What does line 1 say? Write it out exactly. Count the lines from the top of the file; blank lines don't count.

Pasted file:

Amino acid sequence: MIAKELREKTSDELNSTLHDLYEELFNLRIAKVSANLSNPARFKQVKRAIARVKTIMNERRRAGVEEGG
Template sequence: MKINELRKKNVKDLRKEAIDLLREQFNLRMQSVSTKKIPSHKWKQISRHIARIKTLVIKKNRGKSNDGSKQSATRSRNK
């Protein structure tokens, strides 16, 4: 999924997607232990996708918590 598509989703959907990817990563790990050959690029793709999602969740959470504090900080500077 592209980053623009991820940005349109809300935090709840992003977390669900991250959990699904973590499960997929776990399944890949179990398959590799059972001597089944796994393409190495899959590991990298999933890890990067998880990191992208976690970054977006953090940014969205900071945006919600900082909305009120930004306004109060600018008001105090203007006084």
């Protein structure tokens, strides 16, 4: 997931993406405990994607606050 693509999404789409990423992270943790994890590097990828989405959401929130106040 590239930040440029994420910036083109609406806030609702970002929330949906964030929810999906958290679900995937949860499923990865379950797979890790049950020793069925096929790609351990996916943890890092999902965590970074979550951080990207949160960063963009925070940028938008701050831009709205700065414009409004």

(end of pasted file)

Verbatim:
Amino acid sequence: MIAKELREKTSDELNSTLHDLYEELFNLRIAKVSANLSNPARFKQVKRAIARVKTIMNERRRAGVEEGG